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NFB:AE Senior's Seminar

Editor's Note: Editor's Note: Peter Neville is a member of the Central Okanagan Chapter of the NFB:AE. He is the son of Alan Neville, a member of the NFB:AE board of directors.

On Saturday, October 30th, 1999, a Senior's Seminar was presented by the Central Okanagan Chapter of the NFB:AE. The purpose of this meeting was to help older people from the region to understand and cope with vision loss, and introduce them to the NFB:AE.

The meeting was held in the conference room of the Elizabeth Fry Society on Leon Avenue in Kelowna, BC. In some respects, the meeting was almost too successful. The small meeting room was filled to its capacity of 20 persons.

The President of the Central Okanagan Chapter, Denise Sanders, opened the meeting and introduced the other speakers, Alan Neville and Richard Marion, both members of the Board of Directors of the NFB:AE. Alan Neville followed by noting the need to reach out to seniors who have serious vision impairment and to assure them that the seniors' viewpoint is taken into account in the NFB:AE. While 75% of legally blind persons are seniors, the membership of the NFB:AE does not reflect this fact. Alan Neville offered a possible reason that the NFB:AE has an activist, advocacy focus which may be uncomfortable to many seniors, who tend to be conservative in these matters. Nevertheless, he felt that the NFB:AE had to recruit more senior members so as to be representative of the blind and vision-impaired population as a whole.

Richard Marion also addressed this concern in his presentation. He noted that many of the activities are directed towards, or primarily benefit, working age blind persons rather than senior citizens. However, the NFB:AE philosophy that blind persons are capable of performing most activities and can lead full and fulfilling lives is relevant to all blind persons, including seniors who often tend to become isolated on becoming blind. Mr. Marion explained that one of the purposes of the NFB:AE is to assist blind persons in locating and using resources such as talking books and rehabilitation programs to enrich their lives.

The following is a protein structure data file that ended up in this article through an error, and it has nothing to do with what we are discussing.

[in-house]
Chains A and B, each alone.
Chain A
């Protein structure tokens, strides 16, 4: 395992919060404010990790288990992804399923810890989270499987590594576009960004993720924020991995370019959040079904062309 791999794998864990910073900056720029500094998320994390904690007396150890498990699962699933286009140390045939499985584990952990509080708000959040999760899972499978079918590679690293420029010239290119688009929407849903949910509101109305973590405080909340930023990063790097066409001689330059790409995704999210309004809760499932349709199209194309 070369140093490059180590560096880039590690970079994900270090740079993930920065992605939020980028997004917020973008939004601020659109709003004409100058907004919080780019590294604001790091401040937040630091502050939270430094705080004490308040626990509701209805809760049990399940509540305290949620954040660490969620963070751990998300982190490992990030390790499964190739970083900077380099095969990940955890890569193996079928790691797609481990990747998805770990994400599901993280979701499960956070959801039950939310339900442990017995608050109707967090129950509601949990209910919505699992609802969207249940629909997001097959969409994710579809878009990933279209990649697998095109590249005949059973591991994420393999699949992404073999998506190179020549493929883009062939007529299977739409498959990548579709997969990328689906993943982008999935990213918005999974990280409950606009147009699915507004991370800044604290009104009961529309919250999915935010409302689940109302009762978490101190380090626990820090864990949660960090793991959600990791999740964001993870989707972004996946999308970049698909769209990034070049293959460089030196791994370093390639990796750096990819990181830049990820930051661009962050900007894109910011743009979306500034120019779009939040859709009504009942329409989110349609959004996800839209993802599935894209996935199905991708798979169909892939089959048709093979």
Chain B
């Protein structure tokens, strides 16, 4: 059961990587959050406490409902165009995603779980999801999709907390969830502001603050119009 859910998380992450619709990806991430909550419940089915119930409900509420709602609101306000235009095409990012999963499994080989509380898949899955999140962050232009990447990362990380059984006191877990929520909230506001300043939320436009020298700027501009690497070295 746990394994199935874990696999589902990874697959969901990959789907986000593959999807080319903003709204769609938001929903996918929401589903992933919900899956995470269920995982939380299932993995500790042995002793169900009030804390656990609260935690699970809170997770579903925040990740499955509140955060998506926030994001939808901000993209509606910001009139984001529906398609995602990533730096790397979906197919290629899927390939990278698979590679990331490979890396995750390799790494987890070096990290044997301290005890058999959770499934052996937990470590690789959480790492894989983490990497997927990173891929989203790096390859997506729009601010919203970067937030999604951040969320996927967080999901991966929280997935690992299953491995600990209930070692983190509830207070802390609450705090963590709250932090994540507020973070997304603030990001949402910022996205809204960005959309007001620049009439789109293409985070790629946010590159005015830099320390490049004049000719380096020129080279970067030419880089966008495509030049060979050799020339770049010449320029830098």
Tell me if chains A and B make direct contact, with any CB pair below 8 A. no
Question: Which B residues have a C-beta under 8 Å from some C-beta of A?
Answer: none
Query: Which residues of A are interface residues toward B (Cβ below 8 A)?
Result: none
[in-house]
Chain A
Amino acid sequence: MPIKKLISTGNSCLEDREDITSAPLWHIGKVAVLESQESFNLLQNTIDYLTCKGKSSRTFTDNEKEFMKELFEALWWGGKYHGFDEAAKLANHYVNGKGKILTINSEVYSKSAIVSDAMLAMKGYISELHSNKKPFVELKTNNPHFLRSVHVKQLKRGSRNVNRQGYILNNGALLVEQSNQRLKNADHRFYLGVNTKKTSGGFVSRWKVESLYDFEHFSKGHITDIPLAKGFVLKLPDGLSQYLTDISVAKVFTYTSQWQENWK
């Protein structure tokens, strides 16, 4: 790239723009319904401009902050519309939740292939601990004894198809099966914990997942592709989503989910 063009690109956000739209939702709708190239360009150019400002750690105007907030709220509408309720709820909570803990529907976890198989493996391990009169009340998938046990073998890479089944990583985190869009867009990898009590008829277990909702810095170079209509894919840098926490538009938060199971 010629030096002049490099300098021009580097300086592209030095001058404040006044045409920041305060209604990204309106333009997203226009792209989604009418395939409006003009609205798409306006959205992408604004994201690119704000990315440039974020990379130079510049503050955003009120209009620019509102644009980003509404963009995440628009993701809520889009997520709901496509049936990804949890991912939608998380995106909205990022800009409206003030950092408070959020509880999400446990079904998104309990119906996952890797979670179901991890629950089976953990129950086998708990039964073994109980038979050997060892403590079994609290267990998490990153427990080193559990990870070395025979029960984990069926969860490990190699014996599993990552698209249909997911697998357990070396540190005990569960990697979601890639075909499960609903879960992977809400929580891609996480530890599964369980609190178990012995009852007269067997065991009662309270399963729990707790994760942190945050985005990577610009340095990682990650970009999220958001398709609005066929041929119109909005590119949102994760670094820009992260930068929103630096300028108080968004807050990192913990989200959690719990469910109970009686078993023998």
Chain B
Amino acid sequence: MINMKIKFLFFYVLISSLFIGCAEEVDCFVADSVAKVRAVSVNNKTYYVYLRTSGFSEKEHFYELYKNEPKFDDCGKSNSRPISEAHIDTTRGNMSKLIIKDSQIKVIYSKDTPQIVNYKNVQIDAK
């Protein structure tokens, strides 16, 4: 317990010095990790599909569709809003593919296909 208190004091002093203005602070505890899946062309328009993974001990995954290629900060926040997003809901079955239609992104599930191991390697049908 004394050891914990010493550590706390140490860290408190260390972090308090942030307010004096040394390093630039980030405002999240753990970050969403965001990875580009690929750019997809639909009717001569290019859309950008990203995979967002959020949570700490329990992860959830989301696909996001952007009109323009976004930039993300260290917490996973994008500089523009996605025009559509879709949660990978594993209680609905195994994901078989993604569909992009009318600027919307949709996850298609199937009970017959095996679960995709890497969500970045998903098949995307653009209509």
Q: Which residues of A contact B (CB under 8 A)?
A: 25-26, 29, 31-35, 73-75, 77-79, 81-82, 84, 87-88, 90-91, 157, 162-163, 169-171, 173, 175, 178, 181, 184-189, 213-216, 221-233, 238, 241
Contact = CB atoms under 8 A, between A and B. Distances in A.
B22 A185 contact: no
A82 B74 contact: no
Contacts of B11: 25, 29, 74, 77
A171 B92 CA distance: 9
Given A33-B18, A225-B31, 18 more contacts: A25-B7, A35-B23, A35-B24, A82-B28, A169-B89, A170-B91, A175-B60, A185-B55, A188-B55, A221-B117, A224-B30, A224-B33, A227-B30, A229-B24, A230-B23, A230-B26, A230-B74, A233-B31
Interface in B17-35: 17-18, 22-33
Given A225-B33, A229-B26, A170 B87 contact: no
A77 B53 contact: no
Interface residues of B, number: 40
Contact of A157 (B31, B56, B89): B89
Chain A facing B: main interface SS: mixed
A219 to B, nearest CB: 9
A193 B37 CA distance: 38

Richard Marion also discussed some of the issues the NFB:AE has been involved in recently, such as advocating that the blind and vision-impaired should be exempt from the levy on audio cassettes and attempting to improve accessibility for blind and vision- impaired people in a number of areas such as ATMs and Web sites. Following Richard Marion's remarks, a video, "Not Without Sight", was shown. This video examined the most common causes of vision loss, such as Macular Degeneration, cataracts, Retinitis Pigmentosa, Glaucoma and Diabetic Retinopathy, and how each condition affects individuals and their families. During the question and answer period that followed the video, a number of issues were discussed, including whether surgery to remove the cataracts that often accompany Retinitis Pigmentosa is beneficial; an experimental treatment for "wet" Macular Degeneration; and how to use non-visual techniques to determine the location of food when dining.

After a refreshment break, a second video dealing with the feelings that often surround vision loss was presented. This video used interviews with people affected by vision loss to explore the emotions of anger and resentment, fear of becoming dependent, fear of job loss or being unable to obtain work, and fear that others may avoid or break off personal relationships.

During the discussion that followed the second video presentation, many of the participants discussed the emotions and coping with problems they encountered with the onset of vision loss. In addition, the distinction between the NFB:AE and the CNIB was explained. The participants were advised that the focus of the NFB:AE is to be an organisation of the blind and vision impaired which focuses on advocacy and public education about blindness and vision loss while the CNIB is a service organisation. Partly because of pressure from the NFB:AE, the CNIB has become more sensitive and assertive in its advocacy efforts on issues that affect the blind. The Central Okanagan chapter of the NFB:AE has advocated for better access for the blind at the airport and Skyreach Place, and audible traffic signals on Highway 97 to help blind people to cross at traffic lights. It has also promoted sharper curbs to make it easier to distinguish the sidewalk from the roadway.

At this point Denise wound up the meeting and thanked all the participants for attending. This meeting was a great success. During the period following the meeting, four of the participants have joined the Central Okanagan chapter of the NFB:AE.